I gave Bible references to explain the meaning of my use of “milk drinker” to some one (you) who I had supposed understood them but did not. My explanation is relevant and honest. Kerry pretended to be attacking Bush for his performance in school, when surely Kerry knew the truth, that President Bush had degrees from Yale and Harvard, degrees which the mindless minions at Pasadena City College would never match, and grades at Yale that Kerry didn’t match. So Kerry was lying, I am telling the truth. That is a telling difference, and an argument that stands up!

Lysis said...

Reach Upward

My Sunday school experience is that The Word of Wisdom is the most often taught commandment. Violators are so easily spotted and dismissed, and those who keep it, so comfortable in their “sacrifice”. It is as the book says - the easiest of commandments to obay.

Many of you remember the Explorer Presidents Association. I once had a young man go back to a national EPA meeting and come home very conflicted to find “good” men that smoked. I explained to him that to those who had not made an oath to the contrary, smoking was stupid but not sinful. That your class members would get their knickers knotted over an Apostle of Jesus claiming that love was the greatest commandment seems to indicate the danger of serving milk too long to those who can handle something a little meatier.

If we are willing to challenge all comers equally in the world of learning and religion, then false education and false doctrine stand equal chance of being exposed.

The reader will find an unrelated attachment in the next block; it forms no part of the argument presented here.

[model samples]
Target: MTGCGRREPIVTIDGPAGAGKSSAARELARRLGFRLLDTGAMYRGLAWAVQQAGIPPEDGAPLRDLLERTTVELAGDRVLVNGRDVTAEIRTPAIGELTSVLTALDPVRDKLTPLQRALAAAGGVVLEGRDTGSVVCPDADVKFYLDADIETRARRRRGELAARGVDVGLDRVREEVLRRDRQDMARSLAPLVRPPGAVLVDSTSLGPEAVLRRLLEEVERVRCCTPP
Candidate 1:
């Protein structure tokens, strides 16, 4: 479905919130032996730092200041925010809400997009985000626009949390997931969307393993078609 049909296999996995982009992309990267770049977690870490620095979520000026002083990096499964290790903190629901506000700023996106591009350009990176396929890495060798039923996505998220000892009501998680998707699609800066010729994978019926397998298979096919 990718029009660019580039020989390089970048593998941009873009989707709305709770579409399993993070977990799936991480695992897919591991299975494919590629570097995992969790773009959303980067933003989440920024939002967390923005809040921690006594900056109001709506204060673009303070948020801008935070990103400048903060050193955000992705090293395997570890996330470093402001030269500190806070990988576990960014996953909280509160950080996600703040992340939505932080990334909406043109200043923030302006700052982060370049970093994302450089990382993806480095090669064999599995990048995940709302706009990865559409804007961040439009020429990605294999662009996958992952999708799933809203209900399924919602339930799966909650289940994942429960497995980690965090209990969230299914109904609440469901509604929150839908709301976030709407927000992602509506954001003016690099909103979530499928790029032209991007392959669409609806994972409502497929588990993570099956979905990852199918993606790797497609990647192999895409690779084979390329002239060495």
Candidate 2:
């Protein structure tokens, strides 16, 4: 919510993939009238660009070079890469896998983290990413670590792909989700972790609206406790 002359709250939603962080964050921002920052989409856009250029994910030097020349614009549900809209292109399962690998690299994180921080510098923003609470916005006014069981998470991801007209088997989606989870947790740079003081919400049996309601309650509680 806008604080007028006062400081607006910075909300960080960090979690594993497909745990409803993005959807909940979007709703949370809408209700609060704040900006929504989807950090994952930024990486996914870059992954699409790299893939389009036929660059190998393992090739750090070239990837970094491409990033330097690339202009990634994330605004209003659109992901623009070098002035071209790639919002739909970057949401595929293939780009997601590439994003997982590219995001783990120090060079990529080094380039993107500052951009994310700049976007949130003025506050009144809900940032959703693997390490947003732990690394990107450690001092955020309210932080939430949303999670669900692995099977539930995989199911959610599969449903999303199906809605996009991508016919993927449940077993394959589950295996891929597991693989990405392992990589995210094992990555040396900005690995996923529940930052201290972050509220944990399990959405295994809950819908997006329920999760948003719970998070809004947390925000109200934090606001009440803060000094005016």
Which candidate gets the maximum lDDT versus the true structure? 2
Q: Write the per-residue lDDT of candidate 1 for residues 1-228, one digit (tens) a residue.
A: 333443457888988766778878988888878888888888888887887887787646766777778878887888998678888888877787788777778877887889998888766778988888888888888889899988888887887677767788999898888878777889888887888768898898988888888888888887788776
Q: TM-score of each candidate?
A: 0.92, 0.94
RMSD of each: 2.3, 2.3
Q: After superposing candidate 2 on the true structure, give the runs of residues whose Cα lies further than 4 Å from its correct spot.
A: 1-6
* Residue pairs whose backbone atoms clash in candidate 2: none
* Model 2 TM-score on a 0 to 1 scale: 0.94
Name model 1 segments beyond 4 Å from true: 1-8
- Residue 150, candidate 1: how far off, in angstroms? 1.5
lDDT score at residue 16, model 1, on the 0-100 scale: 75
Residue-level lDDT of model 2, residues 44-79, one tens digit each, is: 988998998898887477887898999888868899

Good hunting!

Anonymous said...

When I was eighteen I was physically "thrown" out of the Ninth Ward Stake House by the Bishop who had me under one arm and the second counselor who had me by the other.

The previous two Sundays ago, I had asked some questions (I have forgotten what) in my class and the teacher, about 35 and a nice enough fellow, told me that he didn't know the answer but would get back with me -- fair enough.

The NEXT Sunday the class started late because the teacher had not arrived, but when he DID he also brought the Bishop, both counselors and two recently returned missionaries.

I know, it seems unbelievable, but my deportment in EVERY class has ALWAYS been respectful and mannerly and when this happened I had two reactions -- panic and arrogance.